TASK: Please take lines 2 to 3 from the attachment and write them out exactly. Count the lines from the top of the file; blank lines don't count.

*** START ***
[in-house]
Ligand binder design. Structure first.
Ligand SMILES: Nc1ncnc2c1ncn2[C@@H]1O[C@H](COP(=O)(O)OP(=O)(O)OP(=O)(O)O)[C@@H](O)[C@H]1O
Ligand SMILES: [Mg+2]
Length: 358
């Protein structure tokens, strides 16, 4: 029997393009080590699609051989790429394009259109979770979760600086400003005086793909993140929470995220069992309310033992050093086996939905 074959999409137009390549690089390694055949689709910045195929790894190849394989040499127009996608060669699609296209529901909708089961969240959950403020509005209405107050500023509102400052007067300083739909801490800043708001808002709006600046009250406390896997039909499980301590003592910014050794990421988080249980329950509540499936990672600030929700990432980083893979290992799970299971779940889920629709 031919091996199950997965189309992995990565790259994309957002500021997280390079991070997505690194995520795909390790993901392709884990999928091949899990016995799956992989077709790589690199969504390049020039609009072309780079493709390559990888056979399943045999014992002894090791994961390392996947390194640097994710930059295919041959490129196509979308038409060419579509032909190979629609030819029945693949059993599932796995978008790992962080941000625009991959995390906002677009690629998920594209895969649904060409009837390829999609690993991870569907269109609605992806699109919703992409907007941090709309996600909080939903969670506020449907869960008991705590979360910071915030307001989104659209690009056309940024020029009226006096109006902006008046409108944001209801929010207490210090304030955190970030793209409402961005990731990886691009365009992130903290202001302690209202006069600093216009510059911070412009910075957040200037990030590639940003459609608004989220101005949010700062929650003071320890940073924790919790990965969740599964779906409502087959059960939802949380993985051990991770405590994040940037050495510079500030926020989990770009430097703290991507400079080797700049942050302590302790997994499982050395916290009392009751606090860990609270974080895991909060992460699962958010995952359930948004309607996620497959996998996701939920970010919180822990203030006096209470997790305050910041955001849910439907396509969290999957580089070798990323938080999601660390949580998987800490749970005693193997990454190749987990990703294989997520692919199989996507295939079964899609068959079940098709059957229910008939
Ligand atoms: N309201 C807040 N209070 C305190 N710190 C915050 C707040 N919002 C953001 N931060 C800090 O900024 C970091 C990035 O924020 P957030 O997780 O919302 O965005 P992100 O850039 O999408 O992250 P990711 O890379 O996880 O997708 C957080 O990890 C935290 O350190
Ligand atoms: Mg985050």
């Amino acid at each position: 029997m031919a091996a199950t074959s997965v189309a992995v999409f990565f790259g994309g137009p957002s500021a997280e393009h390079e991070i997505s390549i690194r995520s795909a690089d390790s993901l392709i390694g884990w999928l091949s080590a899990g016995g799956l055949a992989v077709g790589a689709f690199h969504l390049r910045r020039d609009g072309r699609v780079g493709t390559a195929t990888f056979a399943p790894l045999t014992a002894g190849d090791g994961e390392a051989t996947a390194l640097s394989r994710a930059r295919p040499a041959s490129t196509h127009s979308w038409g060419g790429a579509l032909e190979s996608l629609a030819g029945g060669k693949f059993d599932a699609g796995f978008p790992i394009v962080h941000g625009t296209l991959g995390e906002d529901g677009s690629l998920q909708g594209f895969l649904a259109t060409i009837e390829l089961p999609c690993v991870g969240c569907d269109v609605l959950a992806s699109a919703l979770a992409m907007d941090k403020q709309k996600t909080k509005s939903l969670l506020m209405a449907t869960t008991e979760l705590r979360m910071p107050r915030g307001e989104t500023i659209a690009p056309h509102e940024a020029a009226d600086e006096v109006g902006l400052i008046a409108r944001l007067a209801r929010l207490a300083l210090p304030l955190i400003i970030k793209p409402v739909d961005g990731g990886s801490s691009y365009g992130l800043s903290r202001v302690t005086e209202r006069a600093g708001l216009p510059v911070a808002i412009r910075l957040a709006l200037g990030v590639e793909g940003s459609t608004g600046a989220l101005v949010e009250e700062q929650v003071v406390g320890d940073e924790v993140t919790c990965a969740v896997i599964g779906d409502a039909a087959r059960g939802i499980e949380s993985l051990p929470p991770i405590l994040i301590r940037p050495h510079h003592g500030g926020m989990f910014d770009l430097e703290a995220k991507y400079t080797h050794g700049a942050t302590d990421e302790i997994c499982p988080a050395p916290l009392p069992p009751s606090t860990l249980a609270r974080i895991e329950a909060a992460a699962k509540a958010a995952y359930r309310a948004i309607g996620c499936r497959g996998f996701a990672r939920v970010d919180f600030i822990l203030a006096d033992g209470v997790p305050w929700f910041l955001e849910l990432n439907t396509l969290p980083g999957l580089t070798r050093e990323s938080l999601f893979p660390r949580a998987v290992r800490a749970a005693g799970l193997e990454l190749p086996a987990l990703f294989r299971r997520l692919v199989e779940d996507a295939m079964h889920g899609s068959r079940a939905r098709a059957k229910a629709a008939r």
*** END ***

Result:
Ligand binder design. Structure first.
Ligand SMILES: Nc1ncnc2c1ncn2[C@@H]1O[C@H](COP(=O)(O)OP(=O)(O)OP(=O)(O)O)[C@@H](O)[C@H]1O